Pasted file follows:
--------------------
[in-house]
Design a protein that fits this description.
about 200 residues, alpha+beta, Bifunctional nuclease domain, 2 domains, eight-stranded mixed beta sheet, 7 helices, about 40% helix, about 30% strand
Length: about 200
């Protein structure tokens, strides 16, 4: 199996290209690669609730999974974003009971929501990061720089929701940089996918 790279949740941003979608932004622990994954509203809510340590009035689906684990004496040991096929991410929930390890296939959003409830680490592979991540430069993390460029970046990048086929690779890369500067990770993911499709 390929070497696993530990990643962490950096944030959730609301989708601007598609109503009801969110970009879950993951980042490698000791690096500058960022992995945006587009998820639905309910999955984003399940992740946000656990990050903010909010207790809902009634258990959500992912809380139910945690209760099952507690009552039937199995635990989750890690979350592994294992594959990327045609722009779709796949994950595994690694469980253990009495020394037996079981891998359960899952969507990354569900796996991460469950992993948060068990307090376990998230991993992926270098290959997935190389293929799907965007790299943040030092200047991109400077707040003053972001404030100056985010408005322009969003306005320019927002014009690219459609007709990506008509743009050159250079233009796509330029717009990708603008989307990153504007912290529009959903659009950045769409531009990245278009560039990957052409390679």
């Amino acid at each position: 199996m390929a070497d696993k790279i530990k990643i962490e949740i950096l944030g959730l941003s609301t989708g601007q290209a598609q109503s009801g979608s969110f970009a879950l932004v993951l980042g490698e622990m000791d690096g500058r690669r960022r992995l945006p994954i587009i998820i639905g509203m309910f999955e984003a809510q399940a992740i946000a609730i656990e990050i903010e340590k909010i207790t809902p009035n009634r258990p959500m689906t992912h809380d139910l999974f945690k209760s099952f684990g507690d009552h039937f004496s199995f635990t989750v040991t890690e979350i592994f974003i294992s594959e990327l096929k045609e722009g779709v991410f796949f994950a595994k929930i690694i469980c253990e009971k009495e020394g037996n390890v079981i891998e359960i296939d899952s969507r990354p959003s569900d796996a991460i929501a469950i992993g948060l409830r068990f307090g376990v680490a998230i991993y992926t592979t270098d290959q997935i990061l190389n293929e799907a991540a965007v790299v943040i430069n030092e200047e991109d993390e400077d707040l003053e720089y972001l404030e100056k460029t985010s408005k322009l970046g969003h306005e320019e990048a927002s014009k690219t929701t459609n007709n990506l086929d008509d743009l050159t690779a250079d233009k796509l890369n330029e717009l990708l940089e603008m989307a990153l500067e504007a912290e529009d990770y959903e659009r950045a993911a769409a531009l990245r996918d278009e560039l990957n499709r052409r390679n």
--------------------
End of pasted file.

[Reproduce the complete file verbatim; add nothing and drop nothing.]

[in-house]
Design a protein that fits this description.
about 200 residues, alpha+beta, Bifunctional nuclease domain, 2 domains, eight-stranded mixed beta sheet, 7 helices, about 40% helix, about 30% strand
Length: about 200
């Protein structure tokens, strides 16, 4: 199996290209690669609730999974974003009971929501990061720089929701940089996918 790279949740941003979608932004622990994954509203809510340590009035689906684990004496040991096929991410929930390890296939959003409830680490592979991540430069993390460029970046990048086929690779890369500067990770993911499709 390929070497696993530990990643962490950096944030959730609301989708601007598609109503009801969110970009879950993951980042490698000791690096500058960022992995945006587009998820639905309910999955984003399940992740946000656990990050903010909010207790809902009634258990959500992912809380139910945690209760099952507690009552039937199995635990989750890690979350592994294992594959990327045609722009779709796949994950595994690694469980253990009495020394037996079981891998359960899952969507990354569900796996991460469950992993948060068990307090376990998230991993992926270098290959997935190389293929799907965007790299943040030092200047991109400077707040003053972001404030100056985010408005322009969003306005320019927002014009690219459609007709990506008509743009050159250079233009796509330029717009990708603008989307990153504007912290529009959903659009950045769409531009990245278009560039990957052409390679």
């Amino acid at each position: 199996m390929a070497d696993k790279i530990k990643i962490e949740i950096l944030g959730l941003s609301t989708g601007q290209a598609q109503s009801g979608s969110f970009a879950l932004v993951l980042g490698e622990m000791d690096g500058r690669r960022r992995l945006p994954i587009i998820i639905g509203m309910f999955e984003a809510q399940a992740i946000a609730i656990e990050i903010e340590k909010i207790t809902p009035n009634r258990p959500m689906t992912h809380d139910l999974f945690k209760s099952f684990g507690d009552h039937f004496s199995f635990t989750v040991t890690e979350i592994f974003i294992s594959e990327l096929k045609e722009g779709v991410f796949f994950a595994k929930i690694i469980c253990e009971k009495e020394g037996n390890v079981i891998e359960i296939d899952s969507r990354p959003s569900d796996a991460i929501a469950i992993g948060l409830r068990f307090g376990v680490a998230i991993y992926t592979t270098d290959q997935i990061l190389n293929e799907a991540a965007v790299v943040i430069n030092e200047e991109d993390e400077d707040l003053e720089y972001l404030e100056k460029t985010s408005k322009l970046g969003h306005e320019e990048a927002s014009k690219t929701t459609n007709n990506l086929d008509d743009l050159t690779a250079d233009k796509l890369n330029e717009l990708l940089e603008m989307a990153l500067e504007a912290e529009d990770y959903e659009r950045a993911a769409a531009l990245r996918d278009e560039l990957n499709r052409r390679n």